I've been following your craft for a while now, with mixed feelings.
From what I can tell your craftsmanship is impeccable, but I have a comment and a question.
First the comment; I don't get your off-center seat post clamps. Looks to me like trying to hard to differentiate yourself from the crowd when your quality brazing has already taken care of that.
Next the question; where did you learn design? and I mean design as in putting the wheels in the right place, not as in mixing the right colors. What's the story behind the angles and dimensions for a custom frame?
Fortunate I'm very mechanically inclined and good with my hands. With that I'm self taught. I did consider taking a class but decided to buy a jig instead feeling pretty confident from my previous projects and years of wrenching on bikes that I could build a frame. I commuted today on it and it still puts a smile on my face knowing its the first one I ever built. Hopefully I'm answering the last one correctly but I tend to lean towards a sloping TT design. I personally like the look of the design and use it a lot but only when It can be used to accommodate the customers contact points. I like seeing 100-110mm length stems, 10mm or less (none is better) of headset spacers, slight offset seat posts and I'm a huge fan of slightly lower BB heights. Aesthetics of a complete bike is an important aspect of my designs and love it when the completed bike fits the rider and can meet my standards mentioned above. So far I have been able to combine aesthetics with ride quality. To me that's custom!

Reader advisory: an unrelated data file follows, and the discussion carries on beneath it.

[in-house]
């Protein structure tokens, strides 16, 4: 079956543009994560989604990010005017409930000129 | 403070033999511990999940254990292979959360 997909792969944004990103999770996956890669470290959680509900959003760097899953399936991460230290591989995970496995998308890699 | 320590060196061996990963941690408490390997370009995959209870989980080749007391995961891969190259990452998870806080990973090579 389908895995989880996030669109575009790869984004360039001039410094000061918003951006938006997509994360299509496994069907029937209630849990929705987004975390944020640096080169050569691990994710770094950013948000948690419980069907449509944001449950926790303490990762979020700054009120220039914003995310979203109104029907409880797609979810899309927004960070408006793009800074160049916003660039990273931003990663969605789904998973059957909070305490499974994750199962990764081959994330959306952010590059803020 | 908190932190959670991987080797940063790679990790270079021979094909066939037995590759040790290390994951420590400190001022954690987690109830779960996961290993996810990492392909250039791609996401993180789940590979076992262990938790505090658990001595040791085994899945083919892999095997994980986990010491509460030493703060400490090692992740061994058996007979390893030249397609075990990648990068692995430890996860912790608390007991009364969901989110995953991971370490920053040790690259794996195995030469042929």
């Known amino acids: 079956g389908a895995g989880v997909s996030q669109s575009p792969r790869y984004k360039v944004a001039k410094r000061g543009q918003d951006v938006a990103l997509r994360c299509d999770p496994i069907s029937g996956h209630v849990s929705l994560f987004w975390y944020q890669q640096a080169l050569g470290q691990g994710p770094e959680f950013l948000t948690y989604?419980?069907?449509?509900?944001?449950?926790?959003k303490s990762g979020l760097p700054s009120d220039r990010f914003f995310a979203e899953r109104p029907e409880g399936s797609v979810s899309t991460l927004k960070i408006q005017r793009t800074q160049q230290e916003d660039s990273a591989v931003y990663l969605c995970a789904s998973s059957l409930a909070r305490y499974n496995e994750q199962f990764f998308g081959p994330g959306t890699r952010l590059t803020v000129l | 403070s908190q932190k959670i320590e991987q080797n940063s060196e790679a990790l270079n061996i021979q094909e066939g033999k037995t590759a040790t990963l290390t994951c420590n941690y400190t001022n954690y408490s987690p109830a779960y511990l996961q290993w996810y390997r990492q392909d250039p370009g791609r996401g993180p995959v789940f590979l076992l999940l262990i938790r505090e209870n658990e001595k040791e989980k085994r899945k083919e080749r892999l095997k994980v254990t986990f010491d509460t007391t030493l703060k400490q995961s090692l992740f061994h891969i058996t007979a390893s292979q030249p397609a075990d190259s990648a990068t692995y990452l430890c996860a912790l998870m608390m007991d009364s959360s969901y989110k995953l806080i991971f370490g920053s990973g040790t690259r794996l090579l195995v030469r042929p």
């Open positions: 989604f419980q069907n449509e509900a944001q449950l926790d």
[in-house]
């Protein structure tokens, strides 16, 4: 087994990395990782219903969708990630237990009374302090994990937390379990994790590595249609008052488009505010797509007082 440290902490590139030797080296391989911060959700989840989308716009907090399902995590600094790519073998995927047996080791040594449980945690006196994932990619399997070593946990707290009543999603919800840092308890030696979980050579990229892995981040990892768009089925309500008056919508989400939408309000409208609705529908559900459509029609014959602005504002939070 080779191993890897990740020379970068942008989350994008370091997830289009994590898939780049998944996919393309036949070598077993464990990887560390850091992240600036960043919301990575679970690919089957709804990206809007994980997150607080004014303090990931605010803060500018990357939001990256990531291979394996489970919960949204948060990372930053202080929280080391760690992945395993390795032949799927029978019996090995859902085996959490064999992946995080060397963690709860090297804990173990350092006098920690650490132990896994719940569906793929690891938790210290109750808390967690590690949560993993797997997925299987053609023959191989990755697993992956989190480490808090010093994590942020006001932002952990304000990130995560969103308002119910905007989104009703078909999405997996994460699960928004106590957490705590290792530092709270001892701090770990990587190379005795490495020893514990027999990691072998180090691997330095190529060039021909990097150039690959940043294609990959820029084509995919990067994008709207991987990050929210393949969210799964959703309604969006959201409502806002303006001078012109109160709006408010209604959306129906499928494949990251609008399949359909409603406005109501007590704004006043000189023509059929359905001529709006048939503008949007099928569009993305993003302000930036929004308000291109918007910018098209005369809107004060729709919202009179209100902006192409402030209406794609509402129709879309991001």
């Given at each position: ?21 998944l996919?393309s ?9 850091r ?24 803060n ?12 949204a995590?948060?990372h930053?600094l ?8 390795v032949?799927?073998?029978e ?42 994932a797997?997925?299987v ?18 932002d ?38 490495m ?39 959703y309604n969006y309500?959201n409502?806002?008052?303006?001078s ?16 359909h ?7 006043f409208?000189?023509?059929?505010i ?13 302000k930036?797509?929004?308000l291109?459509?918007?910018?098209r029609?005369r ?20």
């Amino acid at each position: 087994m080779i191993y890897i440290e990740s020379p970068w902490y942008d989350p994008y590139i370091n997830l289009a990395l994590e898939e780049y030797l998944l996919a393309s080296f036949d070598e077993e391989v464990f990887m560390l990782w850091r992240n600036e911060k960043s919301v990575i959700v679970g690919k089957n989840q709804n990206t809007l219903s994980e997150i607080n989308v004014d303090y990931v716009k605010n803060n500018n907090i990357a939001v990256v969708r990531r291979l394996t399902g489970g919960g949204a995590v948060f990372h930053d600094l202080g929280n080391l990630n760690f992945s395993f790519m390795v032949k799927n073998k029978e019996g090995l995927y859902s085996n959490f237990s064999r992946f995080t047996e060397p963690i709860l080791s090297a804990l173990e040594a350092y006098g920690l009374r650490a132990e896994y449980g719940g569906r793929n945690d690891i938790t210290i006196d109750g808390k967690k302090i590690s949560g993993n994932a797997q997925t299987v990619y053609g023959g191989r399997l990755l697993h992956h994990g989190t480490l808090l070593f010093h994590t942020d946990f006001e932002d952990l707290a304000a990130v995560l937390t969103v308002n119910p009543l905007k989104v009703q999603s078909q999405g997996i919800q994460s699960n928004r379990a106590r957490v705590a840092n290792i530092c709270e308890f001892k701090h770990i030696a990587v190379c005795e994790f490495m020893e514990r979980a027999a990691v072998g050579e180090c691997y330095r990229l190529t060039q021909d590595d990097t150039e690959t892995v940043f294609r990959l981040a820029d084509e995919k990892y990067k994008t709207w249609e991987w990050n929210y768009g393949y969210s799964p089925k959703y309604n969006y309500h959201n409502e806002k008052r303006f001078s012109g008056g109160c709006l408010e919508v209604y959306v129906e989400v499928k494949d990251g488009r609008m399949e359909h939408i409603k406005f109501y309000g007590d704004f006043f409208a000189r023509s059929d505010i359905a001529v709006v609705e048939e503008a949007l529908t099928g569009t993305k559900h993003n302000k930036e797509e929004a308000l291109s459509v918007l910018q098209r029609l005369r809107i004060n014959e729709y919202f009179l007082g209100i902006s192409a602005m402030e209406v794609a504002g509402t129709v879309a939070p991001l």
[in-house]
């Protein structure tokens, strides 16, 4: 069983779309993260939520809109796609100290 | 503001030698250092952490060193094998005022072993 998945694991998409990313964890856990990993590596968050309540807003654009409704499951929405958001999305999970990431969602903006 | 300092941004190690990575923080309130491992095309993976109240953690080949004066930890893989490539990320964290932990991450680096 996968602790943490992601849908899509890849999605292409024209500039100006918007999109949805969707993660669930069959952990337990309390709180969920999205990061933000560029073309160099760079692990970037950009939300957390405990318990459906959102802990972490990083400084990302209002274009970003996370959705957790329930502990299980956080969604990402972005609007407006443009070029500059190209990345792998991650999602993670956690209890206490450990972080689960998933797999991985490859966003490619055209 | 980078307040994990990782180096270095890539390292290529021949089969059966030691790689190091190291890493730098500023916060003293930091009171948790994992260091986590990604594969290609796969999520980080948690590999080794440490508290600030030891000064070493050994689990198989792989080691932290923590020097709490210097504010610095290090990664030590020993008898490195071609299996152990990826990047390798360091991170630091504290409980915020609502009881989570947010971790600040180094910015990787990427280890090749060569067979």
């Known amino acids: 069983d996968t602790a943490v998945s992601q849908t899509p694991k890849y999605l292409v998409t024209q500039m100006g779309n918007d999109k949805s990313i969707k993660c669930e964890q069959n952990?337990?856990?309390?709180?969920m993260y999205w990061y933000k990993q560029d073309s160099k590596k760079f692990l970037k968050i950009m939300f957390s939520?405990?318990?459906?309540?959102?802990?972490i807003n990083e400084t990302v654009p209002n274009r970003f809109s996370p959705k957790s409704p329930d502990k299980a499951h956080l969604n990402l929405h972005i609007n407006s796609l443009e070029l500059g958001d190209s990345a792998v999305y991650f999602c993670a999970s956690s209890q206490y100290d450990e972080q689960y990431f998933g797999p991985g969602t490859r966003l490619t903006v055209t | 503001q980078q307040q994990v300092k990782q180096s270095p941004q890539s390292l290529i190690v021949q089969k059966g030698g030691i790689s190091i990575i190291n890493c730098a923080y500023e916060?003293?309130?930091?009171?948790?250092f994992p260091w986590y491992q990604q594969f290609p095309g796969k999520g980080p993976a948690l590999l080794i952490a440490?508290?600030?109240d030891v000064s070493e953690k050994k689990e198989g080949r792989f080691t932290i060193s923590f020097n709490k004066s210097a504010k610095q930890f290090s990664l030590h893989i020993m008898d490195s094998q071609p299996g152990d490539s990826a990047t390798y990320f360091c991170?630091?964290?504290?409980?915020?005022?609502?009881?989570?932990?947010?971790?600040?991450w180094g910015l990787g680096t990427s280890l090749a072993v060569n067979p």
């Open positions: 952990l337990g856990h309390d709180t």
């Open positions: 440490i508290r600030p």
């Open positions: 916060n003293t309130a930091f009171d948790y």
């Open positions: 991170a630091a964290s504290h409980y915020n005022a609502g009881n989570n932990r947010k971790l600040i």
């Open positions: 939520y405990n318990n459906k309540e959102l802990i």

Some are born to move the world to live their fantasies...
"the fun outweighs the suck, and the suck hasn't killed me yet." -- chasea
"Sometimes, as good as it feels to speak out, silence is the only way to rise above the morass. The high road is generally a quiet route." -- echelon_john
Free styling with the lathe, making a pump peg.
IMG_2923 by Nate Zukas, on Flickr
IMG_2925 by Nate Zukas, on FlickrIMG_2926 by Nate Zukas, on FlickrIMG_2928 by Nate Zukas, on Flickr
And mitered to match the top tube's angle.
IMG_2929 by Nate Zukas, on FlickrIMG_2931 by Nate Zukas, on FlickrIMG_2933 by Nate Zukas, on FlickrIMG_2934 by Nate Zukas, on Flickr
When it comes to paint and color schemes do you have any input or is it completly your customers ideas?
Either way, the point I want to make is that all of your bikes have such great color combinations that are laid out really well. Every new bike you finish is my favorite! Keep up the great work and I wish you were going to NAHBS.